Societe Generale SA said yesterday its net profit fell by half in the second quarter as the French bank took higher writedowns on its exposure to exotic securities and greater financial liabilities.
France’s second-largest bank reported net profit of 309 million euros (US$445 million) for the three months ended June 30, down from 644 million euros a year earlier.
The Paris-based bank’s earnings were hit by non-recurring losses of 1.7 billion euros, which included new writedowns on the value of credit default swaps as well as the bank’s financial liabilities.
The bank took a total of 3.6 billion euros in writedowns for non-recurring items in the first half, leaving its net profit for the six months ended June 30 at 31 million euros, compared with 1.74 billion euros in the same period a year earlier.
Operating profit fell by more than half in the second quarter to 534 million euros, while revenue rose 2.4 percent to 5.72 billion euros, the bank said.
In a statement, Societe Generale Chairman Frederic Oudea said the bank “is focusing on consolidating its market share, controlling risks and restructuring the activities most severely affected by the crisis in order to adapt to the new environment and prepare for the future.”
The results compare poorly with Societe Generale’s big domestic rival, BNP Paribas, which on Tuesday reported a quarterly profit of 1.6 billion euros.
The bank’s Tier One ratio, seen as a key measure of a bank’s financial health, improved to 9.5 percent at the end of June, up from 9.2 percent at the end of March. The improvement was partly attributable to the bank’s decision to not buy back any of its own shares during the second quarter and hold onto its capital.
Meanwhile, Lloyds Banking Group PLC, part owned by the British government after a bailout, yesterday reported a loss of £3.1 billion (US$5.3 billion) for the first half of the year as bad loans rose to a record high.
The bank expressed confidence that the worst part of the bad debt burden was over and that earnings would improve.
“With impairments anticipated to have peaked in the first half, management expects the group’s results to improve in the second half and through 2010,” chief executive Eric Daniels said.
The partly nationalized bank reported that impairments rose from £2.5 billion to £13.4 billion — 80 percent stemmed from Halifax/Bank of Scotland (HBOS), which was taken over by Lloyds TSB.
Although the merged company’s revenue was 7 percent higher at £11.9 billion, Lloyds posted a pretax loss of £3.96 billion. Pro-forma figures assume that HBOS was part of the company from Jan. 1 and excludes certain exceptional items.
“Our first-half loss was driven by the high levels of impairment. The core business delivered a resilient performance, despite the weak economy,” Daniels said.
The company said it expected weak growth in the British economy next year.
SCHEDULE: The delegation is due to meet with President Tsai Ing-wen this morning and witness the signing of an MOU on bilateral health cooperation in the afternoon US Secretary of Health and Human Services (HHS) Alex Azar yesterday arrived in Taipei aboard a US government plane at the head of a delegation that is the highest-level visit by a US official since Washington switched diplomatic recognition to China in 1979. Azar’s flight landed at Taipei International Airport (Songshan airport) at 4:48pm, nearly one hour earlier than scheduled, the Ministry of Foreign Affairs said. The apron where it landed is reserved for military aircraft, the Songshan Air Force Base Command said. The members of Azar’s delegation included HHS Assistant Secretary for Preparedness and Response Robert Kadlec, HHS Chief of Staff Brian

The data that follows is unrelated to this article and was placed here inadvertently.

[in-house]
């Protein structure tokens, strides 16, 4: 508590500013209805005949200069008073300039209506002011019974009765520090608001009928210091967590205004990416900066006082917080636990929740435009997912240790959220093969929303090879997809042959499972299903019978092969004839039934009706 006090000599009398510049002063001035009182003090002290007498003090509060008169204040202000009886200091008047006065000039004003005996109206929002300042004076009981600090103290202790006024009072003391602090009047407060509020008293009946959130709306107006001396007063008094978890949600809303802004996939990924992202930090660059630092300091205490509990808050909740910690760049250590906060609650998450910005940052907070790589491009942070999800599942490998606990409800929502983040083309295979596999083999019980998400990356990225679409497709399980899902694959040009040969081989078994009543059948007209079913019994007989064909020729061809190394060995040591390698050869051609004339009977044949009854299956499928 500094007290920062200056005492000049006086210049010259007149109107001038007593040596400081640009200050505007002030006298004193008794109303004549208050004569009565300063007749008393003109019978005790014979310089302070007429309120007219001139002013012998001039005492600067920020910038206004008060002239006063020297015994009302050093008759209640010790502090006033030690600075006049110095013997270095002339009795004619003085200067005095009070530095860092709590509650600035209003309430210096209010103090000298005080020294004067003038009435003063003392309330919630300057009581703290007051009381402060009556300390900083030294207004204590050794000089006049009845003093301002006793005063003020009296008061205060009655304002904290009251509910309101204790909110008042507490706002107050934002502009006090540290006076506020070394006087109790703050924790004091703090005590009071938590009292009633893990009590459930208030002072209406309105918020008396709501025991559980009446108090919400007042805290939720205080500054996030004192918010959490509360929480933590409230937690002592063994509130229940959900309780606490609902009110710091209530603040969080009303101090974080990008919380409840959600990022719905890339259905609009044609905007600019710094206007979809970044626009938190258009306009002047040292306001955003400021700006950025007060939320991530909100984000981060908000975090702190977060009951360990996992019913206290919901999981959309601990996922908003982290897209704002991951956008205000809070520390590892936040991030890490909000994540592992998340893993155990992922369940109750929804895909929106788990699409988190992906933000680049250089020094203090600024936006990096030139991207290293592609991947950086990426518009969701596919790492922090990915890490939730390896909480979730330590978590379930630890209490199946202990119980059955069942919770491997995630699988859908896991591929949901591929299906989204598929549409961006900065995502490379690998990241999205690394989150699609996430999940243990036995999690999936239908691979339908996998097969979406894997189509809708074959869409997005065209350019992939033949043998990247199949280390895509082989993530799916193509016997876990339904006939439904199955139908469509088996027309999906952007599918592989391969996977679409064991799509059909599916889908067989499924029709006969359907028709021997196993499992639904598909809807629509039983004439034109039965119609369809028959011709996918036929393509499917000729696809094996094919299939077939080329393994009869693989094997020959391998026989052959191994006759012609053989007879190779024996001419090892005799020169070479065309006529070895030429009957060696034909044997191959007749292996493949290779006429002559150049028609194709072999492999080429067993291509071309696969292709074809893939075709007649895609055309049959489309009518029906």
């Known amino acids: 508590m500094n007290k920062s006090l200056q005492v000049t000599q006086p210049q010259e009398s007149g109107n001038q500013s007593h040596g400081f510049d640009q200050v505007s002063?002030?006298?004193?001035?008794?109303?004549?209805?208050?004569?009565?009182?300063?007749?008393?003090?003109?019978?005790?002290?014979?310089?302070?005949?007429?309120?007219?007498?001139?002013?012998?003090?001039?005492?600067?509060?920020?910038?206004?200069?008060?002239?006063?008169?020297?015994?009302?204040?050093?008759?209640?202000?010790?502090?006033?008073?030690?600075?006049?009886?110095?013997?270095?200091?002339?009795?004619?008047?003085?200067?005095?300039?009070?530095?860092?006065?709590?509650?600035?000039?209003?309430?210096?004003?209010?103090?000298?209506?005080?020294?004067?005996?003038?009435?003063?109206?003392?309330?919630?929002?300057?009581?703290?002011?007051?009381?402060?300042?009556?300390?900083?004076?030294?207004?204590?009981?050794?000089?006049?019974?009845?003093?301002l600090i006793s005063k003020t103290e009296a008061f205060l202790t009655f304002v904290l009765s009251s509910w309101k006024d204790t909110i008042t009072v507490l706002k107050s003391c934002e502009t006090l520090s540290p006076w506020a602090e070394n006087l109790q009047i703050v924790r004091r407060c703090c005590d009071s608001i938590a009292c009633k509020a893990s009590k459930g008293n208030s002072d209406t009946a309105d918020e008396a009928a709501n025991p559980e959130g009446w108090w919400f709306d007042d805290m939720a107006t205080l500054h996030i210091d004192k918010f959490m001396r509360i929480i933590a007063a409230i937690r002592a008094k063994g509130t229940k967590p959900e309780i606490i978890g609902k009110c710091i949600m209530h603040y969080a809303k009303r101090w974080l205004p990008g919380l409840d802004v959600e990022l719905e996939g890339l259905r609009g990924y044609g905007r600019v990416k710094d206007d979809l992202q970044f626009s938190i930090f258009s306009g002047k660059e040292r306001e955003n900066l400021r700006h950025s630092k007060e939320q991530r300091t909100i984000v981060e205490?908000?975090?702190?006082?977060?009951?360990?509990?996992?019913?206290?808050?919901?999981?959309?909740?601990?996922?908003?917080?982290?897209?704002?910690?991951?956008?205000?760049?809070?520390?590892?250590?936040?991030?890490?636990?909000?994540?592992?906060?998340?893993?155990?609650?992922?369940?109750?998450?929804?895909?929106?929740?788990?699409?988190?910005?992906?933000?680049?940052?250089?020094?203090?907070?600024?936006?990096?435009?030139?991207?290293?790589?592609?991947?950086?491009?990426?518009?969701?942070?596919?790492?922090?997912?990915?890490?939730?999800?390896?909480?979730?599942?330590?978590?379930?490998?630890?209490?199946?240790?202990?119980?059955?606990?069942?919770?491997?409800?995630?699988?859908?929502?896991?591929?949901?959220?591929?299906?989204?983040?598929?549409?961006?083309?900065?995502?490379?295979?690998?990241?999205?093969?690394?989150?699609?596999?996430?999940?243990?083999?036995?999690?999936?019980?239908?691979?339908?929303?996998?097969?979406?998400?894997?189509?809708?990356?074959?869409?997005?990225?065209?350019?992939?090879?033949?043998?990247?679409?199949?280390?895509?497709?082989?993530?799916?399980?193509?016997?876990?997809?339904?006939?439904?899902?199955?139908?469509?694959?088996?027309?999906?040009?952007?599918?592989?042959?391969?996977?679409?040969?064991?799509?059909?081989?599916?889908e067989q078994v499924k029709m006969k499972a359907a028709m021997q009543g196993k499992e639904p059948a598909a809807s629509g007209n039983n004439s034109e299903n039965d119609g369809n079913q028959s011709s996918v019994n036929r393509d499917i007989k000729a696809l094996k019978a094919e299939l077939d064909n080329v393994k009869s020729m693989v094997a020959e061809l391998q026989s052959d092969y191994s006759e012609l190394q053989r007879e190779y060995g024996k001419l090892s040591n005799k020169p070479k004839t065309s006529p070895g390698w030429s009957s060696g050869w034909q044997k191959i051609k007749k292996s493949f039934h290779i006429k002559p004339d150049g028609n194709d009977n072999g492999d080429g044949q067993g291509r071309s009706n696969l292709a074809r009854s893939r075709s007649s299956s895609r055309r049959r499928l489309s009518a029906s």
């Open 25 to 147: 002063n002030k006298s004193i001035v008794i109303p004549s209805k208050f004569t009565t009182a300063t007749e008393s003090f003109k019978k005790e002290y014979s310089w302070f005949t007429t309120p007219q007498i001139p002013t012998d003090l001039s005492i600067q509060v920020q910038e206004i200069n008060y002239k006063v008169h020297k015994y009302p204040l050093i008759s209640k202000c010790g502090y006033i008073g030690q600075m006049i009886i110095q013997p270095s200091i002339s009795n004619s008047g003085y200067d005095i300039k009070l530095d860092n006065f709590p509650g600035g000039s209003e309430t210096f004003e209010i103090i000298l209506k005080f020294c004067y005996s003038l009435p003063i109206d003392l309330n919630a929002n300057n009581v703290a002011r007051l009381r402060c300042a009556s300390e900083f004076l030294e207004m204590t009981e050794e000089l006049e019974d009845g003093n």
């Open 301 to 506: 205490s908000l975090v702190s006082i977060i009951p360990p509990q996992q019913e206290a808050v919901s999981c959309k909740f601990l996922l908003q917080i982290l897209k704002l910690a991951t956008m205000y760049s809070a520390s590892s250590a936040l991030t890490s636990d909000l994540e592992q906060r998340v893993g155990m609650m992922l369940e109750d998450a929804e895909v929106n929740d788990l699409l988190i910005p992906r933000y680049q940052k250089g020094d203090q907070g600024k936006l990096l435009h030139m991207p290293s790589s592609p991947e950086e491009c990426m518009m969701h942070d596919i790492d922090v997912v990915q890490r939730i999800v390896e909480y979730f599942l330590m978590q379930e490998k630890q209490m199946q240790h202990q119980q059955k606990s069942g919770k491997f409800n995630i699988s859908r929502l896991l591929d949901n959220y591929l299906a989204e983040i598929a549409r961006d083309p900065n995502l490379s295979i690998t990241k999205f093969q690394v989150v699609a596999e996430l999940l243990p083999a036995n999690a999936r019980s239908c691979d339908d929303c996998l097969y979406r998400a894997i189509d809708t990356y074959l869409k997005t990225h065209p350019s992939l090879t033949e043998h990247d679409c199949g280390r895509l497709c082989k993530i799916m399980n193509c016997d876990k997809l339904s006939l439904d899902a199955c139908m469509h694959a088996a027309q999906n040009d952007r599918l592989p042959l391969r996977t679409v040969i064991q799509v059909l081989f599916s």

ALEX AZAR: The first visit by a head of the Department of Health and Human Services would strictly observe the CECC’s special regulations, the Ministry of Foreign Affairs said US Secretary of Health and Human Services (HHS) Alex Azar is to lead a delegation to Taiwan — the highest-level visit by a US Cabinet official since the two sides cut formal relations in 1979. The plan was announced yesterday morning by the US Department of Health and Human Services and confirmed by the Ministry of Foreign Affairs (MOFA). Beijing has expressed its concerns to Washington, Chinese Ministry of Foreign Affairs spokesman Wang Wenbin (汪文斌) said later yesterday. Taiwan and the US only issued statements saying that the visit would happen “in the coming days.” MOFA said that due to security concerns, it would
‘CROSS-STRAIT CONSIDERATIONS’: Groups said that the Ministry of Education’s policies excluded Chinese and students should not be blocked over political issues The Taiwan International Student Movement yesterday said it would protest today outside the Ministry of Education in Taipei against a policy that excludes some Chinese students from returning to Taiwan amid the COVID-19 pandemic. Since June 17, the ministry has allowed foreign students from 19 “low risk” and “medium-low risk” countries and regions to enter Taiwan. On July 22, it announced that it was relaxing restrictions to include students from all countries and regions who are graduating this semester and on Wednesday it further expanded entry to students enrolled in degree programs. A letter sent by the ministry on Wednesday to universities did
The military last week sent “no small number” of Marine Corps officers to the Pratas Islands (Dongsha Island, 東沙群島) following reports of a Chinese People’s Liberation Army (PLA) drill targeting the islands scheduled for this month. In an interview with Hong Kong’s Bauhinia Magazine published on Saturday last week, PLA National Defense University professor Li Daguang (李大光) confirmed that the Chinese army was planning to stage a simulated invasion of the Pratas Islands in the South China Sea this month. The islands comprise three atolls, with Pratas Island, at 1.74km2, being the largest. They lie southwest of Taiwan proper in the South